NASCAR driver Denny Hamlin and his team’s owner have apologized for celebrating their Daytona 500 win in the wake of Ryan Newman’s fiery crash in the race’s final lap.
After crossing the finish line, Hamlin celebrated his win with a burnout on the grass in front of the grandstands. Hamlin posted on Twitter that he had already unhooked his radio and didn’t know the severity of the crash until he got to victory lane.
“I had absolutely NO IDEA of the severity of the crash until I got to victory lane. There’s very little communication after the finish and i had already unhooked my radio. It’s not anyone’s fault,” Hamlin wrote in the post.
Joe Gibbs, the owner of Hamlin’s team, said the team only realized the extent of Newman’s injuries once they were in the winner’s circle.
“I was focusing on our car, and everybody started celebrating it around us,” Gibbs said at the post-race press conference. “So, I say to everybody out there, some people may have saw us and said, ‘Well, these guys are celebrating when there’s this serious issue going on.’ So, I apologize to everybody, but we really didn’t know. We got in the winner’s circle, and that’s when people told us later.”
Chris Lambert, the spotter for Hamlin’s car, posted a series of tweets in which he said any blame for the celebration should be directed at him for not communicating the severity of Newman’s wreck to Hamlin.
“That is 100% on me, and I’M EXTREMLY SORRY,” Lambert tweeted.
The traditional post-race victory lane celebration was canceled by NASCAR following the crash.
Monday’s victory marks the 39-year-old Hamlin’s second consecutive Daytona 500 win and third in total.
Newman, 42, had taken the lead in the final lap of the race when driver Ryan Blaney hit his bumper, causing Newman to spin into the outside wall. Newman’s car bounced off the wall, flipped into the air and dropping back down in front of the car driven by Corey LaJoie.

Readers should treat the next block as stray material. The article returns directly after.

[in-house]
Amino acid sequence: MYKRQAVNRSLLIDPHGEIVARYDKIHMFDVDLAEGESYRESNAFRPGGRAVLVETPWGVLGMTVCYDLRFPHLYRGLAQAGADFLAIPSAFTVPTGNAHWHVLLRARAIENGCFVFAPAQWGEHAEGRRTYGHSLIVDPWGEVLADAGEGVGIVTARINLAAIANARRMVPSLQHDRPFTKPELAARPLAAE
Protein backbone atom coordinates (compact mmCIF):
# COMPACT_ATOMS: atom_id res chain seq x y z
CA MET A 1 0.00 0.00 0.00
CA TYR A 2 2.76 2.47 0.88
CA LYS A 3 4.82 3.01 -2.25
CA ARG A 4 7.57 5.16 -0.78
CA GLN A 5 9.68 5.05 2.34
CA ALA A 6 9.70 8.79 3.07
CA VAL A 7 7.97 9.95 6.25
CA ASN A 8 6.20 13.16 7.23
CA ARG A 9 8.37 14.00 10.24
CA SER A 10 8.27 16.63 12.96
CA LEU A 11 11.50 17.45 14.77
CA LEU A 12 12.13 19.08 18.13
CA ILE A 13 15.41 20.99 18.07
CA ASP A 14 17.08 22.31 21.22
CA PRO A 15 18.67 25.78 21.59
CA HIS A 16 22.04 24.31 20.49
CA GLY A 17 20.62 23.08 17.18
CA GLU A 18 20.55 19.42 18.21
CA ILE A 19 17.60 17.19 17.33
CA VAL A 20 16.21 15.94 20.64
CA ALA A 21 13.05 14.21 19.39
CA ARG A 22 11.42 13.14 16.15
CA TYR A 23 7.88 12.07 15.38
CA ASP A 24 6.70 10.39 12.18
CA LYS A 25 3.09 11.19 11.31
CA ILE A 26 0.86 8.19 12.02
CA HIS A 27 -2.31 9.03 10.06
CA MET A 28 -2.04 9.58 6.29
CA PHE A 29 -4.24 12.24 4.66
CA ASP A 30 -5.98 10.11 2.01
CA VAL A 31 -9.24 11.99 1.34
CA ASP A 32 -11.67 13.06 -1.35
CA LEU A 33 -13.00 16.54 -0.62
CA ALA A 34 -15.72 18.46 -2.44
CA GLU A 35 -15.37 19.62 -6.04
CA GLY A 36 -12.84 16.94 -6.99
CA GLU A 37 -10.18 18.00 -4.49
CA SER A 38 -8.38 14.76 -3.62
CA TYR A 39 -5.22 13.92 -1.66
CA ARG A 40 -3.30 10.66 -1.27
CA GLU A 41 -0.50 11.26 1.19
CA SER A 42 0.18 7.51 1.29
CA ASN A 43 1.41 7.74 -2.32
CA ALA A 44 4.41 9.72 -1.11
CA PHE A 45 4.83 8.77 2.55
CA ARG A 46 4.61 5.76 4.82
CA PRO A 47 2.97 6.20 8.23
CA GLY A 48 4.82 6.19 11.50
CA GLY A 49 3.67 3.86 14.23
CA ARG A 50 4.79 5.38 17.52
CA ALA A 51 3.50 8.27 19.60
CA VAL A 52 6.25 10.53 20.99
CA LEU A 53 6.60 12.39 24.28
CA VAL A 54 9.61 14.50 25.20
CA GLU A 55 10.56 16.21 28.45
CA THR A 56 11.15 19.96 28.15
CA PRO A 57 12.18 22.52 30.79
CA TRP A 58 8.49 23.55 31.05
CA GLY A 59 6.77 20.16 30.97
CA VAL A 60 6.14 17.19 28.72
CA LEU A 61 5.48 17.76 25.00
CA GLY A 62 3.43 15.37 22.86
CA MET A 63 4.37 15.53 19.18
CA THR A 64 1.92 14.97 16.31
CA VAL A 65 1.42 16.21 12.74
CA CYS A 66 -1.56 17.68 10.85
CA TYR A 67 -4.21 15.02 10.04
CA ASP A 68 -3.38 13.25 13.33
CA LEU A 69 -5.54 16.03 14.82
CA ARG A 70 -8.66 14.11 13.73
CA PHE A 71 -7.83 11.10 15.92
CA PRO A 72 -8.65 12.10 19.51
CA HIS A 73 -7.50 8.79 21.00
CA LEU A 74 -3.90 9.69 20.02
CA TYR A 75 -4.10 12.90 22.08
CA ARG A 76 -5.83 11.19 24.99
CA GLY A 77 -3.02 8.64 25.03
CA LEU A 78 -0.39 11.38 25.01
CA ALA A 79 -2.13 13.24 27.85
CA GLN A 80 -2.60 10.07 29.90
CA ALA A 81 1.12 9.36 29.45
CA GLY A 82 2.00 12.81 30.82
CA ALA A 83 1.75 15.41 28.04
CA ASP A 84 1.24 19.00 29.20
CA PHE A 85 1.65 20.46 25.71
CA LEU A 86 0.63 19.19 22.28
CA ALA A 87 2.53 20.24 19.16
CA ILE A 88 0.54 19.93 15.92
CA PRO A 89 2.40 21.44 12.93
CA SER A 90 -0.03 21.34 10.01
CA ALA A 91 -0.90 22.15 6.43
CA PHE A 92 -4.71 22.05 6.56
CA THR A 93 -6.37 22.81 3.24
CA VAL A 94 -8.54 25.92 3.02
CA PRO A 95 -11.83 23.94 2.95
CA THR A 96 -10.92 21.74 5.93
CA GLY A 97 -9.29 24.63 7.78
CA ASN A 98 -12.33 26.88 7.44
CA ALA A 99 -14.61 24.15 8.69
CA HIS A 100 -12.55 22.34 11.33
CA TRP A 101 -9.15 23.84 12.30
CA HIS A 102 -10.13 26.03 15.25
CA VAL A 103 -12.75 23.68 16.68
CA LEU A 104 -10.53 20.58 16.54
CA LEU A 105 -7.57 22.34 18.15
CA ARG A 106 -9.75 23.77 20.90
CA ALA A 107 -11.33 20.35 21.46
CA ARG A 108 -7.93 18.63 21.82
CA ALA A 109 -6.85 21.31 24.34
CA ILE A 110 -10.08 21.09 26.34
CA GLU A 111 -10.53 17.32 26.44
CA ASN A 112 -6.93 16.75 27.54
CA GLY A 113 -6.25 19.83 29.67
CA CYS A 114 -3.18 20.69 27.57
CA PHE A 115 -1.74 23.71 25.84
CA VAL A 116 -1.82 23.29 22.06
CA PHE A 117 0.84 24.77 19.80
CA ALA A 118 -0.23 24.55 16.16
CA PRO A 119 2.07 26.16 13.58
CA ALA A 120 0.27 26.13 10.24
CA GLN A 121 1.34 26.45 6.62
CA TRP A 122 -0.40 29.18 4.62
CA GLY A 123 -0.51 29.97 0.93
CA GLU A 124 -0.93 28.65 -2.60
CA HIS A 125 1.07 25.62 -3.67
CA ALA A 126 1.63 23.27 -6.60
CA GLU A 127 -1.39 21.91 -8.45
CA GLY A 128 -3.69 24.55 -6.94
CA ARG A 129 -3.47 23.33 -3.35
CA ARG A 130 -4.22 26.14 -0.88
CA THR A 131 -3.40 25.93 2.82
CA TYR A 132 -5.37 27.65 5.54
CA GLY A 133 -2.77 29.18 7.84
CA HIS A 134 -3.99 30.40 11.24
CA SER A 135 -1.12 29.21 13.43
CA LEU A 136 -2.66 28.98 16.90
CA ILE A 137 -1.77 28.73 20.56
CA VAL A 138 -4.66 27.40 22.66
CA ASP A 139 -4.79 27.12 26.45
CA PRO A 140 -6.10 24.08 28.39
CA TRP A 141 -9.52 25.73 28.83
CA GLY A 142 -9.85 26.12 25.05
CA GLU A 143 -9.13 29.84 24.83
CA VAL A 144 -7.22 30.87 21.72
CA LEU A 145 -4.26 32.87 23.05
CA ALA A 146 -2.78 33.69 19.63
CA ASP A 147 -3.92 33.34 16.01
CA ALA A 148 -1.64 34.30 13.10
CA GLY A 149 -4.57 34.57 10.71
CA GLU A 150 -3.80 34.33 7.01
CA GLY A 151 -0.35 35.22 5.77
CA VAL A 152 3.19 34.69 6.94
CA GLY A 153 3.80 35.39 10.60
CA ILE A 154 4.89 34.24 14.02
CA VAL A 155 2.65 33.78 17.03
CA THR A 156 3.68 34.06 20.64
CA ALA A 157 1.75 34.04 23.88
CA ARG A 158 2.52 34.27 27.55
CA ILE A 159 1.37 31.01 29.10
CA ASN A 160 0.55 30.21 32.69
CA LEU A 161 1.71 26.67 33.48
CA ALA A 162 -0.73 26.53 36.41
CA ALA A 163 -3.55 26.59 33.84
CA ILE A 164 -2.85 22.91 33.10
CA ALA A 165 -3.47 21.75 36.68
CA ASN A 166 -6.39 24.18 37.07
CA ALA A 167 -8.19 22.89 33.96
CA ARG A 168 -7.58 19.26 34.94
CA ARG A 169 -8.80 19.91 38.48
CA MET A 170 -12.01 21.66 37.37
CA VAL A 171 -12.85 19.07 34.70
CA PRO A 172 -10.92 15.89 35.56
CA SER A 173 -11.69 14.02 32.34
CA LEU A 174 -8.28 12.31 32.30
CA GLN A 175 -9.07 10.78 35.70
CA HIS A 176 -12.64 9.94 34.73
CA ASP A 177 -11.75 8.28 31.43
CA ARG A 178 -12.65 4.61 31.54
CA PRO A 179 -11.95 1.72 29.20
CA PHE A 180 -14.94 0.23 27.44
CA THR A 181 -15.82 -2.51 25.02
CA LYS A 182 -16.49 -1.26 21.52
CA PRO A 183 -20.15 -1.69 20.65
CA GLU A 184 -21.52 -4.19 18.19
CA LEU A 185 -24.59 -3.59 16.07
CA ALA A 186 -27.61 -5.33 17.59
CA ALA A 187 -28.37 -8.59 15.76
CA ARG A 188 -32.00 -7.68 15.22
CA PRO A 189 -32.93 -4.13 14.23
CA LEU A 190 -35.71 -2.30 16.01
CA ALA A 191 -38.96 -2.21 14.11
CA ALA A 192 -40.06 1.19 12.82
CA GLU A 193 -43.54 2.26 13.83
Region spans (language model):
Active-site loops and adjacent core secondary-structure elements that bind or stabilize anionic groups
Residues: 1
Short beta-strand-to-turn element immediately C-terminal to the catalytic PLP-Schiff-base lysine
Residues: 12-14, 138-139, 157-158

Unable to avoid him, LaJoie hit Newman’s car, causing the car to go airborne again, up and over LaJoie’s car, eventually landing upside down. Newman’s car skidded on its roof in a shower of flames and sparks across the finish line before coming to rest on the track’s apron.
Rescue crews had to cut the car’s roof off to extricate Newman, who was rushed to the hospital. He is being treated at Halifax Medical Center and is in serious condition, but doctors have indicated his injuries are not life threatening, according to a statement on Monday by Roush Fenway Racing.
A long-time NASCAR driver told Carolyn Manno of CNN Sports that in his decades-long career that he’s “never seen a crash like this before, with a driver hit in that position.” The veteran driver, who asked to be unnamed because of his ongoing connections within the sport, told Manno that he had spoken with a member of Newman’s team, who told him that it is “a miracle that (Newman) is alive” after seeing the extent of the damage done to Newman’s car.
Another former NASCAR driver told CNN Sports that Hamlin was not at fault regarding the celebration, saying drivers do not assume the worst when an accident occurs.
“We’ve seen a number of races where a driver has wrecked coming to the finish line, and they are fine,” the driver said. “It’s the driver’s mentality not to think about the worst-case scenario. NASCAR’s protocol remains the same during any crash on a track like this. There was no way to know the severity of the injury at the time.”
The 62nd running of the race was held on Monday after it was postponed on Sunday due to rainy weather.
CNN’s Christina Maxouris and Kevin Dotson contributed to this report.